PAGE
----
Having lived all my life with parents and grandparents, I often take their love and concern for granted. But my perspective changed once I became a mother myself. I realised that unconditional love is built on the strong foundation of selflessness and immense sacrifice.
This is dedicated to all grandparents in general, Yug’s grandparents definitely and specifically to my inspiration, Shiela mummy, as I lovingly call my paternal grandmother. I will probably understand her better when I become a grandparent myself (still a long time away). But after becoming a parent I realise the intensity of her feelings towards me. Recently, her health has deteriorated and she has increasingly become frail and weak with a fading memory. There are glimpses of her old self intermittently-to which I will return shortly.
As a baby, my grandparents took it upon themselves to rear and nurture me. This in no way undermines the efforts of my parents who were there for us throughout looking after our needs and fulfilling our smallest desires. In this also credit is due to our grandparents for instilling the right values in their children who went on to become ideal parents for us.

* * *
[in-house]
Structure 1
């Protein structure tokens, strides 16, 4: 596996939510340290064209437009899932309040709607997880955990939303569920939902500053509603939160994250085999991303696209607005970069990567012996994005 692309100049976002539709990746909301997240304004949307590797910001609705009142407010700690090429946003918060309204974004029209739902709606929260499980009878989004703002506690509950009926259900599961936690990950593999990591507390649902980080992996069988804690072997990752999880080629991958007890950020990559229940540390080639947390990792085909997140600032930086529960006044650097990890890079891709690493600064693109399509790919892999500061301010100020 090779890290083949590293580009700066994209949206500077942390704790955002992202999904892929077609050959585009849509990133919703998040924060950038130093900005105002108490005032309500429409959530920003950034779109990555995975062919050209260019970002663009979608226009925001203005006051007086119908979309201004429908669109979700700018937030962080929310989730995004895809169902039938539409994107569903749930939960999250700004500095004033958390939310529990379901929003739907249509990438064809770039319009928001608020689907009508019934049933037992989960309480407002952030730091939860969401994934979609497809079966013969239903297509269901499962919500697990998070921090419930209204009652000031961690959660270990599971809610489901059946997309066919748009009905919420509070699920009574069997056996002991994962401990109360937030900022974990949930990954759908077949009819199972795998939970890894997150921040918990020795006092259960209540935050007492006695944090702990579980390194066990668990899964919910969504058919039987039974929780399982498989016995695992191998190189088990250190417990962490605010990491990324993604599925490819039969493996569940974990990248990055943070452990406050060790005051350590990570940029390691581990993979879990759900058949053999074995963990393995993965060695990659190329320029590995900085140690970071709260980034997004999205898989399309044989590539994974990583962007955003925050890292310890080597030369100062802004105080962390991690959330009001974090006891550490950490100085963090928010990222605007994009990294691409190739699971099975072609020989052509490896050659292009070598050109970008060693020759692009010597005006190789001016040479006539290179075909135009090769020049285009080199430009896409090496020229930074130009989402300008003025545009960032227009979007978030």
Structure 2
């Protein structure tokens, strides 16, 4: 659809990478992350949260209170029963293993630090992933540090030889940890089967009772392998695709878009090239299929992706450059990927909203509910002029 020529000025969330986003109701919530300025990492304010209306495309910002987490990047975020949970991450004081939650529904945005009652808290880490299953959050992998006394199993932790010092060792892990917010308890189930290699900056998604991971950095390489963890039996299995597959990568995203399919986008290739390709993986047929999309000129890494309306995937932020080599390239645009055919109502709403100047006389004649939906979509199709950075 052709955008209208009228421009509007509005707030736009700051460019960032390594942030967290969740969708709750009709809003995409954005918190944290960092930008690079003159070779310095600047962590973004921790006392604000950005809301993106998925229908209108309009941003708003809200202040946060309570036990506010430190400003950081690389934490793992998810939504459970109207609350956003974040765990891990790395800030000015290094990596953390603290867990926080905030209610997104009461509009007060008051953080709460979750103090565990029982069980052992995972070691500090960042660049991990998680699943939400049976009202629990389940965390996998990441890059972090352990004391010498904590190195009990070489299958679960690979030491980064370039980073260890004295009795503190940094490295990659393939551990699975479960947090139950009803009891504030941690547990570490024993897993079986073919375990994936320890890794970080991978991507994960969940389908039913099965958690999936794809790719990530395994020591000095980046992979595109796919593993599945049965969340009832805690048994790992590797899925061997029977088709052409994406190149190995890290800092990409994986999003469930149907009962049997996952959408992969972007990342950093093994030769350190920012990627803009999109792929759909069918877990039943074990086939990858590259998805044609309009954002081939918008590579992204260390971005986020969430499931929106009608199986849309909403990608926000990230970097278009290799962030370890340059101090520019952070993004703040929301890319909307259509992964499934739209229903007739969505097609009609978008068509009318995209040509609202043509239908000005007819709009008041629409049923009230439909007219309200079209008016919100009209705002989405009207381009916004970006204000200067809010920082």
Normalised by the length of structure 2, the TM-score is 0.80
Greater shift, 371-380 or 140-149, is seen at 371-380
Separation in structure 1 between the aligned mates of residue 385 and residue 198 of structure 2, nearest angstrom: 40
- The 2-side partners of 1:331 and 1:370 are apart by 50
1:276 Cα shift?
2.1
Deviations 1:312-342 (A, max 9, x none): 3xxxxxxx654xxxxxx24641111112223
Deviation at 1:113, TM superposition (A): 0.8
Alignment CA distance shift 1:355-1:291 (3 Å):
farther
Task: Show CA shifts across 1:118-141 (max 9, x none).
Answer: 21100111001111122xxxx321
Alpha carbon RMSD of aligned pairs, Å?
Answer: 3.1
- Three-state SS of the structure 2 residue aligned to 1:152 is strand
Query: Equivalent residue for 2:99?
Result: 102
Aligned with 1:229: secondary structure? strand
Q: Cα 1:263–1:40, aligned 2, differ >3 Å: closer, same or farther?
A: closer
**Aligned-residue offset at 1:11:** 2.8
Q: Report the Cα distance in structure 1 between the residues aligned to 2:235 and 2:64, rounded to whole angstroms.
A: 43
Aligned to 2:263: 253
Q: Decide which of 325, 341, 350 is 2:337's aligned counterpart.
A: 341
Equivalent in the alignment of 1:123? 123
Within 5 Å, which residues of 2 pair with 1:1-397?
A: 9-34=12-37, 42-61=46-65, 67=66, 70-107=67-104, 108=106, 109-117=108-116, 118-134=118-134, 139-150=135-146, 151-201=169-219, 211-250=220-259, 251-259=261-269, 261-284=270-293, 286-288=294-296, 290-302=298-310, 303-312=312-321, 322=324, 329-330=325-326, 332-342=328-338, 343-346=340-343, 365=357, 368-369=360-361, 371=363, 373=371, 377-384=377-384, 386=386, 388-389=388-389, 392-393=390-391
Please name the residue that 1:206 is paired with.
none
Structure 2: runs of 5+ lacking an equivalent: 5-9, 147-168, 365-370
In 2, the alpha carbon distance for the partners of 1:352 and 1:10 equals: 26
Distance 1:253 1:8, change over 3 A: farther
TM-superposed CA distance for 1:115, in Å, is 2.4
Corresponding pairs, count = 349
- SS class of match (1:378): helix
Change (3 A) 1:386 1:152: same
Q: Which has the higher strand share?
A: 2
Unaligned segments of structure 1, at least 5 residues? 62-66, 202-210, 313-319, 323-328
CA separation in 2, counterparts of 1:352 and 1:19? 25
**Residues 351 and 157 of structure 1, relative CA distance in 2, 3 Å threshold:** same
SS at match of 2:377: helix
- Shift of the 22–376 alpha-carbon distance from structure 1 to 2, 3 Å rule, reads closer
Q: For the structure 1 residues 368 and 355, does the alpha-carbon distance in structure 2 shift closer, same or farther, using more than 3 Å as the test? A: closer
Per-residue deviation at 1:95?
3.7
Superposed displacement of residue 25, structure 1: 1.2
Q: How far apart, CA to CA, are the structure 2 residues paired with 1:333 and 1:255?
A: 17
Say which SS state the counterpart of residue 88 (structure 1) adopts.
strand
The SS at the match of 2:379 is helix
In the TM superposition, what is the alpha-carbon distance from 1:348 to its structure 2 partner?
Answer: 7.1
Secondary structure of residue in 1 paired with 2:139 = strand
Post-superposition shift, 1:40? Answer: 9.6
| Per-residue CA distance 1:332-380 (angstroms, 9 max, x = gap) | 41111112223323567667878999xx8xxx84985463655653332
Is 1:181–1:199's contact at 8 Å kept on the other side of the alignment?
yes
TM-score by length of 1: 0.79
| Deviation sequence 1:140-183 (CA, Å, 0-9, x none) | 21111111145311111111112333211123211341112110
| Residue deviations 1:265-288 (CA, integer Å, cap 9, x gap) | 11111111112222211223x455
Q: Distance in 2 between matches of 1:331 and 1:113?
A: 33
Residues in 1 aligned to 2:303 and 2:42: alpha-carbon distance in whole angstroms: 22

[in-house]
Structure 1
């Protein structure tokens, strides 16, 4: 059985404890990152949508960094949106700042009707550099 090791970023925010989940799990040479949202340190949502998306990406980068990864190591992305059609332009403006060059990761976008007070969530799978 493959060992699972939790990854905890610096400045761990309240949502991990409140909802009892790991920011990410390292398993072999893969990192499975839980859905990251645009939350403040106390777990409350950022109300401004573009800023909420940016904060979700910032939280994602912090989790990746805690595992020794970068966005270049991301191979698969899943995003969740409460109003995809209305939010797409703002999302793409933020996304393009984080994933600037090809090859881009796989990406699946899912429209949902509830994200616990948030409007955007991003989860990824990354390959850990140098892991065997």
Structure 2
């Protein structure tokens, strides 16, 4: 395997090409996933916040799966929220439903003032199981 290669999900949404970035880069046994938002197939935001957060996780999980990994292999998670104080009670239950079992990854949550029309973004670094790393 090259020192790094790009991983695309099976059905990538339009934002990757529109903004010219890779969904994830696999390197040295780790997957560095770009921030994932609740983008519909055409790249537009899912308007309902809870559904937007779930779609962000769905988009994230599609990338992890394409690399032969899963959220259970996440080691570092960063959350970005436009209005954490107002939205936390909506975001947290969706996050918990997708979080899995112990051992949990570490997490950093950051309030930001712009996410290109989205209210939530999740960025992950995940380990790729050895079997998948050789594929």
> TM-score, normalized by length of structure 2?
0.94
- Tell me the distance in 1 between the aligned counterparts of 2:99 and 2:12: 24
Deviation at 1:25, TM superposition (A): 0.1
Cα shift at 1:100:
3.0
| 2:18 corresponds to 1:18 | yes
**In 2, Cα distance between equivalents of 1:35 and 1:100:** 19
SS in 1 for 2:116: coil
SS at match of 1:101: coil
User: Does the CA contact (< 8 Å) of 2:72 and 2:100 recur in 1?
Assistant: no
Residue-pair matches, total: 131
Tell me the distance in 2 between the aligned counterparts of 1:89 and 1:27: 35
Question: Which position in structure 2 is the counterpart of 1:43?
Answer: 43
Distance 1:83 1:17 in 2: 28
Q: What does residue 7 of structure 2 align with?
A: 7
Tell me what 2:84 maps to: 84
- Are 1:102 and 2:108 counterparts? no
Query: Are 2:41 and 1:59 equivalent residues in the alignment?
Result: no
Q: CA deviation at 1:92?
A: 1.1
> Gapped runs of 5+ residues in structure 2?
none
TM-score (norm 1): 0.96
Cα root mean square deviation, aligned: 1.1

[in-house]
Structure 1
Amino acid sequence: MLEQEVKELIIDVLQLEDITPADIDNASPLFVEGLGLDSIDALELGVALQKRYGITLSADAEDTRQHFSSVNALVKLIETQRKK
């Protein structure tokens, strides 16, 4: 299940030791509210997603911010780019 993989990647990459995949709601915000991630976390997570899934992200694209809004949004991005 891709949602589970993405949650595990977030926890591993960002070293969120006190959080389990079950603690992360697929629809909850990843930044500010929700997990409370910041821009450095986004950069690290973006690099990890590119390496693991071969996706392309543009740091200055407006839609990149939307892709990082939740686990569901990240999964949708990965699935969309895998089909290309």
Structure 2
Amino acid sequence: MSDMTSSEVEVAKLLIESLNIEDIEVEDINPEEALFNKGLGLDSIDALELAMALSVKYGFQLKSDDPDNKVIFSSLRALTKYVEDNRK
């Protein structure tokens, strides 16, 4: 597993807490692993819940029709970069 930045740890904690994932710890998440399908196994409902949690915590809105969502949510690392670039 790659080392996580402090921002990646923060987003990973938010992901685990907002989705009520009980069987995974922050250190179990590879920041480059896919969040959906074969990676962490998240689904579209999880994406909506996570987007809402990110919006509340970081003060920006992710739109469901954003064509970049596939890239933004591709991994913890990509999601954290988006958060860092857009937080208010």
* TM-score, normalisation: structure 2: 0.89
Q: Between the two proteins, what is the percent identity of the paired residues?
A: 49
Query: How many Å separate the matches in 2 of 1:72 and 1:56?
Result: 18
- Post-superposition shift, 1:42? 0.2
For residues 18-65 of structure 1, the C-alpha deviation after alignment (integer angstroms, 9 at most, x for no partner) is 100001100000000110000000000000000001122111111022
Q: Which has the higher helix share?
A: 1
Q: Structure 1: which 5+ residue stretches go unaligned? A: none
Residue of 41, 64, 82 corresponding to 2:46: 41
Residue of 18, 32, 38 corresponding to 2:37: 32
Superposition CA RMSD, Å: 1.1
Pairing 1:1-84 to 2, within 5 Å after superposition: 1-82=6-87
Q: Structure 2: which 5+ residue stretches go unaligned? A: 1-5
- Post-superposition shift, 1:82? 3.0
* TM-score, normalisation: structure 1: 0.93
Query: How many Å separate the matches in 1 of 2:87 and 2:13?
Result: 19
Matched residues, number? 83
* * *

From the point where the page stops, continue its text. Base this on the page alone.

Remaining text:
The earliest memories I have, are of papaji (as I lovingly called my paternal grandfather) and I eating fruits while watching trains go by at the station close to our house, his sitting patiently while I combed his hair, his saying I reminded him of his own mother etc. I recall that on some days, I used to sleep between my grandparents and papaji remarked that I must be feeling like I am sleeping in a valley. With papaji passing away almost 30 years back, I didn’t fully grasp what I had lost but am told that it did impact me emotionally and I became quieter. I always wish he could have stayed with us longer and left behind more such memories to cherish.
Even after losing her husband, Sheila mummy was a strong pillar of support and used to actively drive our household decisions. While my parents lovingly gave in to what she had to say, my sister and I did not always agree. But Sheila mummy was always willing to hear us out and one could actually have intellectual conversations with her. In spite of being a female hailing from a generation that did not actively support women’s rights, she was educated, rational and progressive. I think she would have made a very good school principal given the right opportunity. She watched news channels 24 hours a day when the rest of India was addicted to regressive soap operas. One could actually have a discussion with her on any topic and she would give a fresh perspective on it. She was and will always be the glue that held the whole family together. She engendered the right values in her children and her grandchildren. As a child, I was so attached to her that I actually thought that she is my mother and my actual mother is just my sister’s mother. I even wrote this in an essay in school leaving my teacher confused. The situation became hilarious when she called my parents to enquire if my father had two wives.